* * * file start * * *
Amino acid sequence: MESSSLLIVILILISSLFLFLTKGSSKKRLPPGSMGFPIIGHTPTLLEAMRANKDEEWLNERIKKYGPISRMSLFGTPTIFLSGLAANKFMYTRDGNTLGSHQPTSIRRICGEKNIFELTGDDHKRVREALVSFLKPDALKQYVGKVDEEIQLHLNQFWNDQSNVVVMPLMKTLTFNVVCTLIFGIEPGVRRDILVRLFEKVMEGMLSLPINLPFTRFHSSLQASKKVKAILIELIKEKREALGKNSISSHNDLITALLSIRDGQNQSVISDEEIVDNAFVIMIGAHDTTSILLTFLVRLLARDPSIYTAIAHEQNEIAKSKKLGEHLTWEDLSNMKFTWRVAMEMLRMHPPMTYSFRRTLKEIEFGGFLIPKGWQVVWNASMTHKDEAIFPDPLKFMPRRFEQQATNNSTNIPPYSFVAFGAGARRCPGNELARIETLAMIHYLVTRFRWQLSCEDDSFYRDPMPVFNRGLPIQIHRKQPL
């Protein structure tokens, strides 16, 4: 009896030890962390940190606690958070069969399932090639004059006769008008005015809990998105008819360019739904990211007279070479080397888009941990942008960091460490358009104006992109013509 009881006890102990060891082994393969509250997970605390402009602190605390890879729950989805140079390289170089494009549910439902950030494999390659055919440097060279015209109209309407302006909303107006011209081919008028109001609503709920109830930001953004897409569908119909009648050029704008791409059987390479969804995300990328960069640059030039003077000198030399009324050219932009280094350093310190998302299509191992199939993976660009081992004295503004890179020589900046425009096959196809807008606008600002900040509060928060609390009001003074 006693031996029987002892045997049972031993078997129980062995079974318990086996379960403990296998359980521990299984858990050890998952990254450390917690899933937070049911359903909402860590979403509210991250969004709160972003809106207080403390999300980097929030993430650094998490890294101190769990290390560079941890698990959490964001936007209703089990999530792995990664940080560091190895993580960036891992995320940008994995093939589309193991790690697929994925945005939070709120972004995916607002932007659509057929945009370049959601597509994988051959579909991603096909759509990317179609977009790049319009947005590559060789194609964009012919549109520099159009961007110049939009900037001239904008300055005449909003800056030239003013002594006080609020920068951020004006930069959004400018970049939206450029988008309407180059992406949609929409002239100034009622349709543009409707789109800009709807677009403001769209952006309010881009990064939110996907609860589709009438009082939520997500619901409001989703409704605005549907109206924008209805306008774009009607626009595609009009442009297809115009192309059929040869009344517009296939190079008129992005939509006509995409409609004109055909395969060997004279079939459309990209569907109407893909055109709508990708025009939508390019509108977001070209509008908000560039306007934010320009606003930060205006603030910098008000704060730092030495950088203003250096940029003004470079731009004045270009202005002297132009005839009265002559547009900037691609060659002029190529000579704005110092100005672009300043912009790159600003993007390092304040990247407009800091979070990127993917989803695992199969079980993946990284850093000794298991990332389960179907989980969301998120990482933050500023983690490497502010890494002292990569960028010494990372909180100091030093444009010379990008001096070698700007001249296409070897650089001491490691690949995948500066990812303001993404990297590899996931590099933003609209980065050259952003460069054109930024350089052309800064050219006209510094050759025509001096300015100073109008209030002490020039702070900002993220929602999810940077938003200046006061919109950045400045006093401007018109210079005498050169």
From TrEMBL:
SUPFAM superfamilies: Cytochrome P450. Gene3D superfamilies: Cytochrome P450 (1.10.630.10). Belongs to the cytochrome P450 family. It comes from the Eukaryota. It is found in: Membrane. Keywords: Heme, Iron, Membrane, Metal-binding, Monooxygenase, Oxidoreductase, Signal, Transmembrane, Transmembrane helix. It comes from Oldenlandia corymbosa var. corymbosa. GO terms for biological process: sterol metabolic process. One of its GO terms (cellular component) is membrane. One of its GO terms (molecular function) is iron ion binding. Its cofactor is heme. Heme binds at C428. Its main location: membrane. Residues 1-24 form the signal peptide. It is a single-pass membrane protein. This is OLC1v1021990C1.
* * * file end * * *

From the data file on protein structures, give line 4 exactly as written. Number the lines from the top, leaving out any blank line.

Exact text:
SUPFAM superfamilies: Cytochrome P450. Gene3D superfamilies: Cytochrome P450 (1.10.630.10). Belongs to the cytochrome P450 family. It comes from the Eukaryota. It is found in: Membrane. Keywords: Heme, Iron, Membrane, Metal-binding, Monooxygenase, Oxidoreductase, Signal, Transmembrane, Transmembrane helix. It comes from Oldenlandia corymbosa var. corymbosa. GO terms for biological process: sterol metabolic process. One of its GO terms (cellular component) is membrane. One of its GO terms (molecular function) is iron ion binding. Its cofactor is heme. Heme binds at C428. Its main location: membrane. Residues 1-24 form the signal peptide. It is a single-pass membrane protein. This is OLC1v1021990C1.